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I Can’t Tell You Why Our Business Is Growing

On my way to the co-working space, I grabbed my mobile to read the same Slack message yet another time:

“Ali, that’s good, but we should look at what converts.”
It never failed. It was either a client or a colleague on the same marketing team. There was always someone who never missed the perfect opportunity to remind me of the importance of a conversion funnel:

Get a bunch of website visitors, then do something to turn some of them into leads — aka people who have shown interest in your business, and then do something else to turn those leads into customers.

That ‘do something’ part was exactly what stressed me out the most every time I was reminded to stop wasting time on things that don’t sell and to get my focus back on what converts.
From ‘Why I hate funnels’ essay by Mailchimp founder Ben Chestnut. But more on that in a minute.
In the fancy world of A/B tests and viral factors, we loved to call ourselves growth hackers.
But weren’t we supposed to build products people love instead of wasting our lives optimising the colour of damn buttons to increase signups by 0.0123456789 percent?

Crew’s Mikael has an interesting take on chasing those short-term wins:

“Most people are digging down and trying to optimise what they already have — trying to get that extra 3–4 percent increase. But the more time you spend doing that, the less time you spend stepping back and looking for the bigger opportunities. The ways that you can see 100 percent or 1000 percent increases overnight.”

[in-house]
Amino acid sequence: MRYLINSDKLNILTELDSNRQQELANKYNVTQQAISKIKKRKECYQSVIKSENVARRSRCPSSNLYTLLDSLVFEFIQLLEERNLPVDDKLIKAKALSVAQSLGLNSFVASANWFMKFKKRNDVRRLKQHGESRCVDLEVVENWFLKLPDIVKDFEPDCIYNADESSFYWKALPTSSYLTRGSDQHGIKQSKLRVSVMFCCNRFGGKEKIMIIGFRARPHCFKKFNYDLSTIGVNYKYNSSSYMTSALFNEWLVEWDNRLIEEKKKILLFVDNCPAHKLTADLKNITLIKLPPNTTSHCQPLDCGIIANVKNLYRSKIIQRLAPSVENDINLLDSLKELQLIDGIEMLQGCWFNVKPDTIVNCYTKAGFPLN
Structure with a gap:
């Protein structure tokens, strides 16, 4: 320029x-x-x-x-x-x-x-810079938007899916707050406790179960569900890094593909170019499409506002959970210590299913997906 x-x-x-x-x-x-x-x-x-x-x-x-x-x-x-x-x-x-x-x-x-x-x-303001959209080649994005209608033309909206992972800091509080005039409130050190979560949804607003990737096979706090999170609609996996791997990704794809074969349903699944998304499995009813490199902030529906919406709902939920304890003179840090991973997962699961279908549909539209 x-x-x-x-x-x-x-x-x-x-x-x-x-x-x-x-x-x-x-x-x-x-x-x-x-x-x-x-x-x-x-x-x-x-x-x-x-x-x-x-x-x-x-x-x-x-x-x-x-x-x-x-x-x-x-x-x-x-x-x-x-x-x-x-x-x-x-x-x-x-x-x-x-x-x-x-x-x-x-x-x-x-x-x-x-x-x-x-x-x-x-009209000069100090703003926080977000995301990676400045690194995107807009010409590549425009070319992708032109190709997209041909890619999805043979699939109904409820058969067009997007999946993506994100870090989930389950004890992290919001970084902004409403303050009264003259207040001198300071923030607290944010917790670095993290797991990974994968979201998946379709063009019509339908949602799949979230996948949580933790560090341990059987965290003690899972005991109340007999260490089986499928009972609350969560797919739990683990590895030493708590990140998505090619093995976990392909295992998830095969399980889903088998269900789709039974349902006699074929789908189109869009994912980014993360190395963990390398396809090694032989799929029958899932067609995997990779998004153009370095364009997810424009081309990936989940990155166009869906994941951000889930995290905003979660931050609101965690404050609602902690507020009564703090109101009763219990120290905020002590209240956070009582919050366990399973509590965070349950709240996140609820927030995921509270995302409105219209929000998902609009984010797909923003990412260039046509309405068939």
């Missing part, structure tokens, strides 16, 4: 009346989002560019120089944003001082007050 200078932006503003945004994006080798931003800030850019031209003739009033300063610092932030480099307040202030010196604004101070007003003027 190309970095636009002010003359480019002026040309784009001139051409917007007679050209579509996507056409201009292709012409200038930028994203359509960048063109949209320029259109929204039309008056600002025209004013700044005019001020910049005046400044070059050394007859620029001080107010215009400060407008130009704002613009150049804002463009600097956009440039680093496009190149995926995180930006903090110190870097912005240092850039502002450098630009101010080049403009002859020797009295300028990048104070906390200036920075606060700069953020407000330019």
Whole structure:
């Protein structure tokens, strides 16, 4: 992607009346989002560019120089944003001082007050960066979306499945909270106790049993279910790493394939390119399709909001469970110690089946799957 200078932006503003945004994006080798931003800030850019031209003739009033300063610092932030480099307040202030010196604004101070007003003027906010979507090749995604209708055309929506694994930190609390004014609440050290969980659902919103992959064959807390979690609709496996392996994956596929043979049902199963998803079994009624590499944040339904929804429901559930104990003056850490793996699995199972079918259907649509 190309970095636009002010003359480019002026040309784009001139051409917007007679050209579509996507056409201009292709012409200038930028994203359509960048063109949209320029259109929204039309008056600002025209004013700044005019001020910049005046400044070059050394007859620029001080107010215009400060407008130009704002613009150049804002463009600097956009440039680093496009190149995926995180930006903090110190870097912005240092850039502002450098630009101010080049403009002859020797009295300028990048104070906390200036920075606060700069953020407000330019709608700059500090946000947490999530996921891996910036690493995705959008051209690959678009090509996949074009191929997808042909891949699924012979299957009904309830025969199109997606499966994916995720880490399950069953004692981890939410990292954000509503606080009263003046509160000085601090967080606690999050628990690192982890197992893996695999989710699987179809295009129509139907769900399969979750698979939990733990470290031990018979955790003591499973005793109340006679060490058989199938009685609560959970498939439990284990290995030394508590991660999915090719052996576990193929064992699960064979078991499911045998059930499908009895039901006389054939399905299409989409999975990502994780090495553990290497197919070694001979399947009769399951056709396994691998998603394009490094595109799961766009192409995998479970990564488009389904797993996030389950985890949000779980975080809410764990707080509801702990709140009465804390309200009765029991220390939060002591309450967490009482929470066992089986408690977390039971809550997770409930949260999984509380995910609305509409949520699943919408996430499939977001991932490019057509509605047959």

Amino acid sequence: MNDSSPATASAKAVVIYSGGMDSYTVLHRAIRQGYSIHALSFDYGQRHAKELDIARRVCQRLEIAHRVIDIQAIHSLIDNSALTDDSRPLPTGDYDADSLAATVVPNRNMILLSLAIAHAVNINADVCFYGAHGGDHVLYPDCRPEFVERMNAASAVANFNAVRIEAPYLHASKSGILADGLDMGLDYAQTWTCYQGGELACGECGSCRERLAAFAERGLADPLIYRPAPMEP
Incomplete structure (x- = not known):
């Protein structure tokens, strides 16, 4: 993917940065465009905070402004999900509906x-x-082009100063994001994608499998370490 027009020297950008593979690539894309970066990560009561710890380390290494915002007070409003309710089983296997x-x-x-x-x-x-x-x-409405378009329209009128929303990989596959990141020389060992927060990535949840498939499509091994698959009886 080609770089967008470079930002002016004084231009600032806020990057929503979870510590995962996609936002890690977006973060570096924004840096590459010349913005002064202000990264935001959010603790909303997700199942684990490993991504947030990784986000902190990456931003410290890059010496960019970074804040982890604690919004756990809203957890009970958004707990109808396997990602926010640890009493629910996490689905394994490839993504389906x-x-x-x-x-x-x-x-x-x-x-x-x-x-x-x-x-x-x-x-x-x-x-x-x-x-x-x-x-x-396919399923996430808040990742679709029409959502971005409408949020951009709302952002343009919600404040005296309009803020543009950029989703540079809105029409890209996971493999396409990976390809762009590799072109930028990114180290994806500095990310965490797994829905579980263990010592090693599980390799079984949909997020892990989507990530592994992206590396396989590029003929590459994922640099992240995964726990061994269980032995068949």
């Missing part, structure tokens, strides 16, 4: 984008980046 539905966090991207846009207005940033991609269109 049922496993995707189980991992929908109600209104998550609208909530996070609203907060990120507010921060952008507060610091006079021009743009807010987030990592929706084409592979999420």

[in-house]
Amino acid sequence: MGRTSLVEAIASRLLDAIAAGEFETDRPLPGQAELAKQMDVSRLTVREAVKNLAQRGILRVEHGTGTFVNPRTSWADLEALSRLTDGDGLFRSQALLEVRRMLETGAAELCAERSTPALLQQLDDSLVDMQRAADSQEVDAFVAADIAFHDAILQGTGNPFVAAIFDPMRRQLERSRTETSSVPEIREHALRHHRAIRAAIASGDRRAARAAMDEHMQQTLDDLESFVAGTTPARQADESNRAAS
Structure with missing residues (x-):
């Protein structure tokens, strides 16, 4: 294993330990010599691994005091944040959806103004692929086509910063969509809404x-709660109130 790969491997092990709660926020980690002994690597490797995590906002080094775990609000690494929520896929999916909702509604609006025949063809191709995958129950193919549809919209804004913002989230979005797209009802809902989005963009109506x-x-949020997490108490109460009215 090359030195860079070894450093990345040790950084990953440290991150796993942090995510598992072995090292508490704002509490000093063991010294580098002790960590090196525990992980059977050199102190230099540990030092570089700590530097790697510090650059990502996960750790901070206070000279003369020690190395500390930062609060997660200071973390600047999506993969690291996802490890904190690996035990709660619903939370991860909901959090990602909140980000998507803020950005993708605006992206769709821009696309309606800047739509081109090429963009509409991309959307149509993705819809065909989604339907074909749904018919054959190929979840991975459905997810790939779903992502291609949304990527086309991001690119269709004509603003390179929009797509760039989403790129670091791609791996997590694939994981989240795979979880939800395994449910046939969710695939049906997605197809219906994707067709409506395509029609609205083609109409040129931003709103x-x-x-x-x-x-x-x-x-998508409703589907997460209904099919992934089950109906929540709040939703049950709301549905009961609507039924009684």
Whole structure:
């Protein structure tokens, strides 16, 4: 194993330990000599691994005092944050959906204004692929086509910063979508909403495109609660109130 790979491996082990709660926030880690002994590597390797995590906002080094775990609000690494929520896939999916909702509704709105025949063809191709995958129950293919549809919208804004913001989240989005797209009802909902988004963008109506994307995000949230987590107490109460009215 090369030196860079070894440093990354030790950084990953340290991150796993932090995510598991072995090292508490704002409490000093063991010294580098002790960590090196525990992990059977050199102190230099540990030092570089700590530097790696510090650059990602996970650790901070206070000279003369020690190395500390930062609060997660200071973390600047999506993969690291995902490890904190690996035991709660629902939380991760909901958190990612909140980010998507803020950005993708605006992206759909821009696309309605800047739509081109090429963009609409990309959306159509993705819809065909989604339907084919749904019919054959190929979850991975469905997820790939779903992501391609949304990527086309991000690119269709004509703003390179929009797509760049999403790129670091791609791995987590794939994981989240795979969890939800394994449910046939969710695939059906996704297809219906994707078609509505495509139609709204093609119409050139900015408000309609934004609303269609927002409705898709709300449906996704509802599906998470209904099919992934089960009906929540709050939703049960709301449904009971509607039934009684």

Tracking every single action people take on our website sounds great. Optimising funnels is perfect.

But wouldn’t it be better if we spent the same effort in delighting our customers, given that at startups we have only limited resources?

I can’t tell you why our business is growing

“We’ve grown a lot in the past year, but I can’t tell you why we’re actually growing. Sure, every time someone walks in the door, we give them the best possible experience and we really do make them happy. But why do more new people walk in each day? I don’t really know.”
That’s Ben, founder of Huckleberry Bicycles, who has no clue why his bike business is booming despite being located in a bad neighbourhood in San Francisco.

It’s the obvious nature of a retail business, you might be thinking. And you’re right. In offline businesses, you can’t really track conversions even when you buy ads.

Remember John Wanamaker. He was the first retailer in history to place a newspaper ad, in 1874. And when asked about the return on his advertising investment, all he could say was:

“Half the money I spend on advertising is wasted; the trouble is I don’t know which half.”

History has seen countless businesses like John Wanamaker’s, ones that didn’t have the technology to track their conversions. Yet many of those businesses managed to turn into phenomenal success stories that we still study in business schools.



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